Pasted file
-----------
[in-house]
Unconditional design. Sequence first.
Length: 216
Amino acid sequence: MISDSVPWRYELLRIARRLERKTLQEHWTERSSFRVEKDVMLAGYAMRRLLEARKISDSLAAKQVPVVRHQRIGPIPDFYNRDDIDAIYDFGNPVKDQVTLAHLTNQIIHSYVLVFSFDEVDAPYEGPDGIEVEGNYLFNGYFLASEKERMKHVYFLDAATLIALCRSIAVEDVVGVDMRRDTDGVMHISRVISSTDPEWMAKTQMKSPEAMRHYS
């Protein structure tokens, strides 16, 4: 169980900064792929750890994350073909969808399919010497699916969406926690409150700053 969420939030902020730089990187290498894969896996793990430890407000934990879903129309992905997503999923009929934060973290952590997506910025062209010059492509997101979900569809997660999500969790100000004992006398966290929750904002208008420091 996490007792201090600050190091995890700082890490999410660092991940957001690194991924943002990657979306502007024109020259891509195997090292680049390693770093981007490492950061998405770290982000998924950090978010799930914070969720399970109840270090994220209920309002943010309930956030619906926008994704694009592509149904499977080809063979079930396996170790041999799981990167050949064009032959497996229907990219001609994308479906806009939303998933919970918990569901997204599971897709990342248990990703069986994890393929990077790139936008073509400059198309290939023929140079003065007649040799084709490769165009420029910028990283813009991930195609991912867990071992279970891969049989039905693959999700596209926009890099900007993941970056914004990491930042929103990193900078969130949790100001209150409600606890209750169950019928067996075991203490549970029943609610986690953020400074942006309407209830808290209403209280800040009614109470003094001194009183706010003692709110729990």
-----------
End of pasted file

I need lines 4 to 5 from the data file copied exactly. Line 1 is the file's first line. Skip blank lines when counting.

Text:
Amino acid sequence: MISDSVPWRYELLRIARRLERKTLQEHWTERSSFRVEKDVMLAGYAMRRLLEARKISDSLAAKQVPVVRHQRIGPIPDFYNRDDIDAIYDFGNPVKDQVTLAHLTNQIIHSYVLVFSFDEVDAPYEGPDGIEVEGNYLFNGYFLASEKERMKHVYFLDAATLIALCRSIAVEDVVGVDMRRDTDGVMHISRVISSTDPEWMAKTQMKSPEAMRHYS
């Protein structure tokens, strides 16, 4: 169980900064792929750890994350073909969808399919010497699916969406926690409150700053 969420939030902020730089990187290498894969896996793990430890407000934990879903129309992905997503999923009929934060973290952590997506910025062209010059492509997101979900569809997660999500969790100000004992006398966290929750904002208008420091 996490007792201090600050190091995890700082890490999410660092991940957001690194991924943002990657979306502007024109020259891509195997090292680049390693770093981007490492950061998405770290982000998924950090978010799930914070969720399970109840270090994220209920309002943010309930956030619906926008994704694009592509149904499977080809063979079930396996170790041999799981990167050949064009032959497996229907990219001609994308479906806009939303998933919970918990569901997204599971897709990342248990990703069986994890393929990077790139936008073509400059198309290939023929140079003065007649040799084709490769165009420029910028990283813009991930195609991912867990071992279970891969049989039905693959999700596209926009890099900007993941970056914004990491930042929103990193900078969130949790100001209150409600606890209750169950019928067996075991203490549970029943609610986690953020400074942006309407209830808290209403209280800040009614109470003094001194009183706010003692709110729990």